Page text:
Speech/statement | Date: 07/03/2022 | Ministry of Justice and Public Security
By Minister of Justice and Public Security Emilie Enger Mehl (March 4, 2022)
(Must be compared with speech delivered)
Millions of people have escaped from their lives and homes in Ukraine. The war is becoming bloodier every day; families have been torn asunder, and terrible images of fleeing mothers and frightened children are making a strong impression on us all. The Ukrainian people are experiencing enormous despair.
Together with other European countries, Norway wants to be a safe harbour for the people of Ukraine. We will be there for those who need protection, help, and care.
During the past week, I have attended several meetings with the other ministers of justice in Europe, including as recently as yesterday, to work together to find a good joint solution for the Ukrainian refugees – as quickly as possible.
We have now taken an important step in this direction. I would also like to be clear that there will be challenges and questions going ahead which the Norwegian Government will address on an ongoing basis.
The Norwegian Government is now offering temporary collective protection. This scheme offers protection to large numbers of people during situations of mass displacement, such as the current one.
Temporary collective protection was used in Norway during the Kosovo conflict in the late 1990s, when thousands of refugees were brought here.
In light of current developments, this is an effective scheme – both for the people who arrive and those who will be receiving them.
Large numbers of people arriving within a short period of time will create taxing situations for all parties involved. Norway has sound procedures for this and a good reception system that has been used during past refugee crises. We are preparing for an increase in the number of people fleeing Ukraine for Norway.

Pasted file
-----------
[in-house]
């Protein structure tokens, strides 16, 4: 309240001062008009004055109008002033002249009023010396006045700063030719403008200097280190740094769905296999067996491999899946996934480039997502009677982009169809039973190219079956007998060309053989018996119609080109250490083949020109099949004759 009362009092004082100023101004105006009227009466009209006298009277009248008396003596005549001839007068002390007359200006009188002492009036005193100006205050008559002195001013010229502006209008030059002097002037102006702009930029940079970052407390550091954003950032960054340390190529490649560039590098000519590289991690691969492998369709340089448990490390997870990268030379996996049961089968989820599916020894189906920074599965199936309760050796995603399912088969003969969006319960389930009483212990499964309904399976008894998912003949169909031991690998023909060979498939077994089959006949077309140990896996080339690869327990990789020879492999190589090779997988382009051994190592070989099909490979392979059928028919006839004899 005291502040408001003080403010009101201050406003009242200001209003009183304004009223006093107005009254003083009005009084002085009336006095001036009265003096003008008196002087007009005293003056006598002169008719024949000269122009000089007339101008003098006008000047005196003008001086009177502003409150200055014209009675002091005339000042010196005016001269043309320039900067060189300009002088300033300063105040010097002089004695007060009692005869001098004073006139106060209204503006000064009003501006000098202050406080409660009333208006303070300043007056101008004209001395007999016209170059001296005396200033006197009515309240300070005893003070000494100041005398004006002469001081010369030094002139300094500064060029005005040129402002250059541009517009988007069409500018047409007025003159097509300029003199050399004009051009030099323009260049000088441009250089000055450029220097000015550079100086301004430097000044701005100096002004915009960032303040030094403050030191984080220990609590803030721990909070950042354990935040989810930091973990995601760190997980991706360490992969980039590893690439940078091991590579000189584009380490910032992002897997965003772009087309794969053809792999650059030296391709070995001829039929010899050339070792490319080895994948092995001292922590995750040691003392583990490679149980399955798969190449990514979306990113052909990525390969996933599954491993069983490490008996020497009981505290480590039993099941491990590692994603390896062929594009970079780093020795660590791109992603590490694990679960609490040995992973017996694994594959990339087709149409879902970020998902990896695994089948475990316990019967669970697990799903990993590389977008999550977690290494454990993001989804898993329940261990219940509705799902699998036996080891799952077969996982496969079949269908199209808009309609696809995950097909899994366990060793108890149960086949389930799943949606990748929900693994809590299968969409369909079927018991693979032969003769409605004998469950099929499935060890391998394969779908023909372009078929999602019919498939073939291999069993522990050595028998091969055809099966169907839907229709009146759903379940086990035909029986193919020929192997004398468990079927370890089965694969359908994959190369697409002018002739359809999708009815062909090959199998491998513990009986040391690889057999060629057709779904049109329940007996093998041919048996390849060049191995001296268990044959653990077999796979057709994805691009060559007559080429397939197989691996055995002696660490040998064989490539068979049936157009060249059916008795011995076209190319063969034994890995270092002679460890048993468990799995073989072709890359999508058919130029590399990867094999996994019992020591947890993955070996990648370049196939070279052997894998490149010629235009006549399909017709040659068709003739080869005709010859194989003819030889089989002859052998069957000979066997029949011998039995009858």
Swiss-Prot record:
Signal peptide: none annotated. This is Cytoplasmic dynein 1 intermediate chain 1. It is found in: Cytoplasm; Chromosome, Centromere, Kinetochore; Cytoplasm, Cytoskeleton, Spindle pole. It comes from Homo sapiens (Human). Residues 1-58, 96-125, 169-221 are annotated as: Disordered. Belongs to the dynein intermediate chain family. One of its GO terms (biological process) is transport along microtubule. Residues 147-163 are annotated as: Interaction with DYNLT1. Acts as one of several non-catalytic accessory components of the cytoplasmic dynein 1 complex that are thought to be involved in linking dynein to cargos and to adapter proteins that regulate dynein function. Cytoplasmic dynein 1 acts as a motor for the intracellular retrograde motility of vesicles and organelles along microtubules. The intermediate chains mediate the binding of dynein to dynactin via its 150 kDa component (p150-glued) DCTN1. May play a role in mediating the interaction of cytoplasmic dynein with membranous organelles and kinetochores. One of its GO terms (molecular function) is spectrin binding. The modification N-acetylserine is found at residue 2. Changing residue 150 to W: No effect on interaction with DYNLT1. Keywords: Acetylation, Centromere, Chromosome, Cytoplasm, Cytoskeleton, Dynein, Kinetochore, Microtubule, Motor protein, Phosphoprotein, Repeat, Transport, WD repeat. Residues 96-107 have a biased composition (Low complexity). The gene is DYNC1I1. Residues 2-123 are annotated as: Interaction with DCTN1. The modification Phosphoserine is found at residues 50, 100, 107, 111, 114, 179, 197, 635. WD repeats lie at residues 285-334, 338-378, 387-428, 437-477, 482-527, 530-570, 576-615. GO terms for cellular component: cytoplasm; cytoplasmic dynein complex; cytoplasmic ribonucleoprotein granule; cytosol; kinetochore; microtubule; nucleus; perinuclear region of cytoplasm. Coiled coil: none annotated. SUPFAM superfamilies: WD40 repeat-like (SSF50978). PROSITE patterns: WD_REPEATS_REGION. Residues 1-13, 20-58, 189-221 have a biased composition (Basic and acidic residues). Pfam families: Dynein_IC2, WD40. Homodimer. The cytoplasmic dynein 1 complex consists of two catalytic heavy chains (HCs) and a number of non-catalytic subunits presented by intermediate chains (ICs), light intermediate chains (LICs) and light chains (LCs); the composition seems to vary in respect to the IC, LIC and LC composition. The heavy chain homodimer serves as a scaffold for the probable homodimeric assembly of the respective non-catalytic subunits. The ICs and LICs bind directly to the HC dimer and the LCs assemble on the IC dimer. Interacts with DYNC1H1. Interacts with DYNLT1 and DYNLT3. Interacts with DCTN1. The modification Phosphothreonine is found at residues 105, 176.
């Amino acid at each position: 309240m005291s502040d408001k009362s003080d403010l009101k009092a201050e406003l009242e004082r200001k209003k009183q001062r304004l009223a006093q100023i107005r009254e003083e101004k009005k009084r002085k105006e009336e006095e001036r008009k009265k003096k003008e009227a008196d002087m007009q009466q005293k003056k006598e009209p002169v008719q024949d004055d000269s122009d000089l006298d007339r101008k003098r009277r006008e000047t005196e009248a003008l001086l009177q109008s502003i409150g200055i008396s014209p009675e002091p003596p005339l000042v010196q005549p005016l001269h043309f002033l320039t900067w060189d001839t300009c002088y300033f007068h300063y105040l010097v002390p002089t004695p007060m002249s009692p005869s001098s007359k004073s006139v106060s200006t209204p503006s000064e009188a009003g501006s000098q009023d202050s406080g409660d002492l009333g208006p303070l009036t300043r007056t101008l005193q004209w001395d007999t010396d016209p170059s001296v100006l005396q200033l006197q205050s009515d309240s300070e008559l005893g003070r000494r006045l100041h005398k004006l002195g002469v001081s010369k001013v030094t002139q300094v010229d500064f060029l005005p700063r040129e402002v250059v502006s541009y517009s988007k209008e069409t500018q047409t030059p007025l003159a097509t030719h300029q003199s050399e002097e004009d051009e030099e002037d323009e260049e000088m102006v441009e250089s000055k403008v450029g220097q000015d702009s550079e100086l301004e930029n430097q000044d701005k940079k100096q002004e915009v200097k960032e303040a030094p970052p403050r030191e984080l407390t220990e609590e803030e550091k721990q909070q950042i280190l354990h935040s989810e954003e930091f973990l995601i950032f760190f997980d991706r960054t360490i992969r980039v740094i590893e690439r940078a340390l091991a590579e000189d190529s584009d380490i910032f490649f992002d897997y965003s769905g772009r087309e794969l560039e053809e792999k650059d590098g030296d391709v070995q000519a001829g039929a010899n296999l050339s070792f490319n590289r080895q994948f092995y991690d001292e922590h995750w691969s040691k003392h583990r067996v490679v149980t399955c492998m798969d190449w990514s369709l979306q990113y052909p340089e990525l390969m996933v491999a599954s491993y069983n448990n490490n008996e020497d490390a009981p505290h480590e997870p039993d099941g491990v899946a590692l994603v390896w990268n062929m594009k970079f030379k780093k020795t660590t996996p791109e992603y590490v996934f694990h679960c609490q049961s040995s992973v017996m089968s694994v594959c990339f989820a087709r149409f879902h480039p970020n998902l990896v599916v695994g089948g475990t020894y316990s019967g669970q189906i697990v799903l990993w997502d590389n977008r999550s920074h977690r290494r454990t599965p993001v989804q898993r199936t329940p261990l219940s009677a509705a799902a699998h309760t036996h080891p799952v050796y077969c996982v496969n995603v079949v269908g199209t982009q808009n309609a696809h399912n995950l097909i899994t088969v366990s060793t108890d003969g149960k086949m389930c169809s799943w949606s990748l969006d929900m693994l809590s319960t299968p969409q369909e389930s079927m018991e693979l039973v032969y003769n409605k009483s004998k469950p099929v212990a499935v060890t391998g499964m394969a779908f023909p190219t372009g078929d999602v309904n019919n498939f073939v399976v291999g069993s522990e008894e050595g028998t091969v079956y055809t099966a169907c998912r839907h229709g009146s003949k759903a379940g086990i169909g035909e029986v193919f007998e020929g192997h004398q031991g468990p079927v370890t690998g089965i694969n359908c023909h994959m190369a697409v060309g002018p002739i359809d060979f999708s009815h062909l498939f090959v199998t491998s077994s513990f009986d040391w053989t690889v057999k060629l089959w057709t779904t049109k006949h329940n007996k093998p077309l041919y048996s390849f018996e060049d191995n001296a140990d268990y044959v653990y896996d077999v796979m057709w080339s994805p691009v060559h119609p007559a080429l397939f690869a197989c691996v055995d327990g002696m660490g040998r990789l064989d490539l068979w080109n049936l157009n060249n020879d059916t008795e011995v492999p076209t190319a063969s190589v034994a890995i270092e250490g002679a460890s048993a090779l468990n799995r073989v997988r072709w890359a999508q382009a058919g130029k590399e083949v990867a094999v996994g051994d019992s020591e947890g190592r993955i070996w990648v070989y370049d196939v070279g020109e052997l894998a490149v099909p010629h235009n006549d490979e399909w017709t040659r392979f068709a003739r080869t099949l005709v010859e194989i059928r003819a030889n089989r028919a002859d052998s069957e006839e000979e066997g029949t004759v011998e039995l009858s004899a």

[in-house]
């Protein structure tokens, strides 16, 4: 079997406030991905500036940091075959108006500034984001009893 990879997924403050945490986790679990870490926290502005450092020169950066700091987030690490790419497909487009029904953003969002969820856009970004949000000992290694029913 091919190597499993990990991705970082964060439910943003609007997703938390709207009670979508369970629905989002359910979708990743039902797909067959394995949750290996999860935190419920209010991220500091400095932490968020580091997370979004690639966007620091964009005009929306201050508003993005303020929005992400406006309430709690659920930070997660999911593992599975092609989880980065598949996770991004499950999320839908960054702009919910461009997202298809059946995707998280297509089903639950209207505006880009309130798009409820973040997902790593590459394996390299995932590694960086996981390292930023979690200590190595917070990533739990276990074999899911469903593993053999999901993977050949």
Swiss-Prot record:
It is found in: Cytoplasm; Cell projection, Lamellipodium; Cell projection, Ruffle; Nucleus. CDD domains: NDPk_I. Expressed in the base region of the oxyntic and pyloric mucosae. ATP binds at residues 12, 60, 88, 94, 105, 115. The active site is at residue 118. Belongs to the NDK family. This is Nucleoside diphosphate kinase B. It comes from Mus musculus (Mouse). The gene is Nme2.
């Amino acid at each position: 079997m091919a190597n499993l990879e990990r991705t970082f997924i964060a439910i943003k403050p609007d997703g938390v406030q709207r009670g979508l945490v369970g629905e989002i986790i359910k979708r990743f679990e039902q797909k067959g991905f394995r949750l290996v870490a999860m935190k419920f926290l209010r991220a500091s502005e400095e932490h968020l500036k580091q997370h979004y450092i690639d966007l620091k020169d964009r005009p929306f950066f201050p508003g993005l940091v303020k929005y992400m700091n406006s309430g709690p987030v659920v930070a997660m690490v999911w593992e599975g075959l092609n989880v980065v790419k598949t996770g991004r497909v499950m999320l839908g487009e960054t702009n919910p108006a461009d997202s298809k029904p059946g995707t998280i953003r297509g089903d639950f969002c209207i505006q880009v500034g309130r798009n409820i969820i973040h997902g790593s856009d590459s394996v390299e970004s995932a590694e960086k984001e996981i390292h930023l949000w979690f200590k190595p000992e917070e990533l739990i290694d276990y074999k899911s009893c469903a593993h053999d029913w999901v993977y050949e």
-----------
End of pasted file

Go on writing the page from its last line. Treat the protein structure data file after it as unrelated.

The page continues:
The Norwegian Government has tasked the Norwegian Directorate of Immigration with establishing more places in reception centres. We are making arrangements to handle a large increase in arrivals.
We know that there is a huge refugee flow – but we do not know yet how many people will come to Norway. The situation is unclear and changing rapidly. We need to be prepared for the arrival of many people.
Ukraine’s neighbouring countries have already received hundreds of thousands of refugees, and are making a huge contribution. I would like to express my sincere gratitude for their efforts. Norway has provided assistance to the neighbouring countries and will contribute to efforts there as well. We will continue talking to the European countries about helping to collect refugees where this is needed most.
I will present the financial consequences of these measures to the Norwegian Parliament as soon as possible.
I am pleased that Norway can now help people suffering displacement as quickly as possible. This will not be easy. Primarily, of course, for the people who have had to flee their homes. But it will also require a great deal of Norway and all other countries in Europe.
I would like to thank all the people who are working to ensure that the Norwegian reception system can welcome people fleeing from the war in Ukraine.
I would also ask that we all offer our warmth, care, and compassion.